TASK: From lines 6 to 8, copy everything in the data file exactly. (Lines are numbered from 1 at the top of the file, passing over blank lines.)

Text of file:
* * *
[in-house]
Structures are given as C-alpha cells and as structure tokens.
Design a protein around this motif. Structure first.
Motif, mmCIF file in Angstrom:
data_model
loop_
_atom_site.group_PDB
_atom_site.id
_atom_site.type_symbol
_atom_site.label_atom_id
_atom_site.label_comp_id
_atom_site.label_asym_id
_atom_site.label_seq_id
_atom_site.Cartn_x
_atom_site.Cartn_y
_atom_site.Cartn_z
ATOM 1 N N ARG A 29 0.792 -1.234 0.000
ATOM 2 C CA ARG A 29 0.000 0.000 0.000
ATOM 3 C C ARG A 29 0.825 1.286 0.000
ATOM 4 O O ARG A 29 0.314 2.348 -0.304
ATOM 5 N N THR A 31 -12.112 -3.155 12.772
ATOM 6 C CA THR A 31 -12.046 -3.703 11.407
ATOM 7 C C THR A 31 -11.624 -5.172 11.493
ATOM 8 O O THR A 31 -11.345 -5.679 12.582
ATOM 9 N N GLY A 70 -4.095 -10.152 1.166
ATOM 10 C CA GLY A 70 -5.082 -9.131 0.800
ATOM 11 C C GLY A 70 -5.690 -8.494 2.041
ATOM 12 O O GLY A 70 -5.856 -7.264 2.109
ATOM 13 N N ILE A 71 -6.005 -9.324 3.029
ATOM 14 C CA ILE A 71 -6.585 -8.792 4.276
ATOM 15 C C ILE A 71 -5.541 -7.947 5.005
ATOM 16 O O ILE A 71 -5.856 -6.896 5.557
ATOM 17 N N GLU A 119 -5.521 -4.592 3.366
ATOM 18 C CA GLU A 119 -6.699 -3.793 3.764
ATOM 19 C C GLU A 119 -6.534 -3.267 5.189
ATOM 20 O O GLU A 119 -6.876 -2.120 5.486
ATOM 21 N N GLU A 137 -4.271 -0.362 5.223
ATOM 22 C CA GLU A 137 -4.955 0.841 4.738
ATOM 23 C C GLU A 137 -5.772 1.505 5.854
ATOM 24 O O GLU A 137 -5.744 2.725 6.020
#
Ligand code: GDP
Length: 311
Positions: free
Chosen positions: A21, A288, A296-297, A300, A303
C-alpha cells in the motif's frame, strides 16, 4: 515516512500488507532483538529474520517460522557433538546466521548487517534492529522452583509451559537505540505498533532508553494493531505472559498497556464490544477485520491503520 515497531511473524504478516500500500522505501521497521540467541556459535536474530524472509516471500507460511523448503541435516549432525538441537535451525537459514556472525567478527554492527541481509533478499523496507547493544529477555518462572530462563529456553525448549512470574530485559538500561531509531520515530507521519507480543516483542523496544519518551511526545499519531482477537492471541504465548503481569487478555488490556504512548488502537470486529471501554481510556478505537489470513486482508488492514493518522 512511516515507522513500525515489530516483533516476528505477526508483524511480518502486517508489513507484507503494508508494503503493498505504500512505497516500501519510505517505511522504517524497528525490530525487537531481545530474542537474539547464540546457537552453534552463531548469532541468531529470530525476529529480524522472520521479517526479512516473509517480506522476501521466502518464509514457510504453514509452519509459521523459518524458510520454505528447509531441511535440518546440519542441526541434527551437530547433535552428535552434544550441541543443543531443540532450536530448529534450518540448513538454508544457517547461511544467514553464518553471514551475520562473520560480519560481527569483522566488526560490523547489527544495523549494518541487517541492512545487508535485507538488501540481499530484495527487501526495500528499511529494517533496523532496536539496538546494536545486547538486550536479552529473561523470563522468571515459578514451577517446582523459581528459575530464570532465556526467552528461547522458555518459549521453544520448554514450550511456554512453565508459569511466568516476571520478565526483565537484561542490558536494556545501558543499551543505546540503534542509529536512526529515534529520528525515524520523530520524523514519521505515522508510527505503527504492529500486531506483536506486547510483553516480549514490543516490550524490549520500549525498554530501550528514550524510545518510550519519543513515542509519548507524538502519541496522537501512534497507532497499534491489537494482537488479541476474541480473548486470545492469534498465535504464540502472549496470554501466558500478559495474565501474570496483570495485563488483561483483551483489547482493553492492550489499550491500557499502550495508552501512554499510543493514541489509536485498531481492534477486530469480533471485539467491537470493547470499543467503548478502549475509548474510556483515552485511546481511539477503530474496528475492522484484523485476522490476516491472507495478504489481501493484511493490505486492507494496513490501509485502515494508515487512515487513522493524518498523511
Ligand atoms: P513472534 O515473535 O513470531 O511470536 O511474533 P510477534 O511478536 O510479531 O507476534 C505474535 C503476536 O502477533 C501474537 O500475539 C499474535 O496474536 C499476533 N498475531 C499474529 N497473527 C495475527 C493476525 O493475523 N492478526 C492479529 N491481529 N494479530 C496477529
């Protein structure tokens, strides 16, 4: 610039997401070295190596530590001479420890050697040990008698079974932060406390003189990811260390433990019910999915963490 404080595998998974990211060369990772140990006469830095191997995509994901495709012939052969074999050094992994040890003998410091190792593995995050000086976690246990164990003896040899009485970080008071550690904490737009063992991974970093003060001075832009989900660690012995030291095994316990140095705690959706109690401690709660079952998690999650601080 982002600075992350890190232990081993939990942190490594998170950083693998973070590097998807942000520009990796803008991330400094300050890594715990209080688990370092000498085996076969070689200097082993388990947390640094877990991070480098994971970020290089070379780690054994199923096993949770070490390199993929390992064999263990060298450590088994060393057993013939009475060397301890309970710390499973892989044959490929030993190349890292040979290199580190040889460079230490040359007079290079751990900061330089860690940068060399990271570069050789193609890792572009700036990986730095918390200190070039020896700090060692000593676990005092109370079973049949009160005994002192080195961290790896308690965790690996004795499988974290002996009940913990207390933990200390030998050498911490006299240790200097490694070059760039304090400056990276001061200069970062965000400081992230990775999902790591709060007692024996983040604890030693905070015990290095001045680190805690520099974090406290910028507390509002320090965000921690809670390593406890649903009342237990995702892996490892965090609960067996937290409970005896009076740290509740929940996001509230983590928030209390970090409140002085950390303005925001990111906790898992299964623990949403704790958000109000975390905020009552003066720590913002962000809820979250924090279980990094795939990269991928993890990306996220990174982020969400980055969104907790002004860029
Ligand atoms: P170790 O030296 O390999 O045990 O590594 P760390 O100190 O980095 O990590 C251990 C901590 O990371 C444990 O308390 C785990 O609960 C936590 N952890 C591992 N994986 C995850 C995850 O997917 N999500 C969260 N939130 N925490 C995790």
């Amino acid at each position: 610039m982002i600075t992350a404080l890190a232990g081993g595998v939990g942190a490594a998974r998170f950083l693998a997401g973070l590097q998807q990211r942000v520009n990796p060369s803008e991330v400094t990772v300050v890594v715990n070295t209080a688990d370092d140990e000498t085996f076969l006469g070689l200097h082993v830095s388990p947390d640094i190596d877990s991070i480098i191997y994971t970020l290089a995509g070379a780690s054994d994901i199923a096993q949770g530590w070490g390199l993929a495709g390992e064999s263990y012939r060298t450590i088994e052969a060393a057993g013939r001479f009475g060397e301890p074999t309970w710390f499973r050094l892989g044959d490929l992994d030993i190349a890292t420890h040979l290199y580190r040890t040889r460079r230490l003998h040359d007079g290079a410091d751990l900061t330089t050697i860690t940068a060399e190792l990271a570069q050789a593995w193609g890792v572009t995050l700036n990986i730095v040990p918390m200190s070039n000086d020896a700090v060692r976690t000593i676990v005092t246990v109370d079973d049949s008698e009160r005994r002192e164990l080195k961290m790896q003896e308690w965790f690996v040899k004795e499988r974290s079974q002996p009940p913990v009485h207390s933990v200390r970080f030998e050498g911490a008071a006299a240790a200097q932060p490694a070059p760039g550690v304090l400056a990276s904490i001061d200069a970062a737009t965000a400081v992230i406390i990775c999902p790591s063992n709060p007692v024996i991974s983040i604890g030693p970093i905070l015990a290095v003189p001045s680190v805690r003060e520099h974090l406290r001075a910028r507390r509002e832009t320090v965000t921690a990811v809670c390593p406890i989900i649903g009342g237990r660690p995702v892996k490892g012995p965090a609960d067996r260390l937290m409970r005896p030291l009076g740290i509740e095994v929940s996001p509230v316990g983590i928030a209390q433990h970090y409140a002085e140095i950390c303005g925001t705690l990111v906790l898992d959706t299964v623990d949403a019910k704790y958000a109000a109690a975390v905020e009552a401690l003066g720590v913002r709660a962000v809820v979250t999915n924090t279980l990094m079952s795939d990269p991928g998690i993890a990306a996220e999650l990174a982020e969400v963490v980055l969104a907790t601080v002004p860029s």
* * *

loop_
_atom_site.group_PDB
_atom_site.id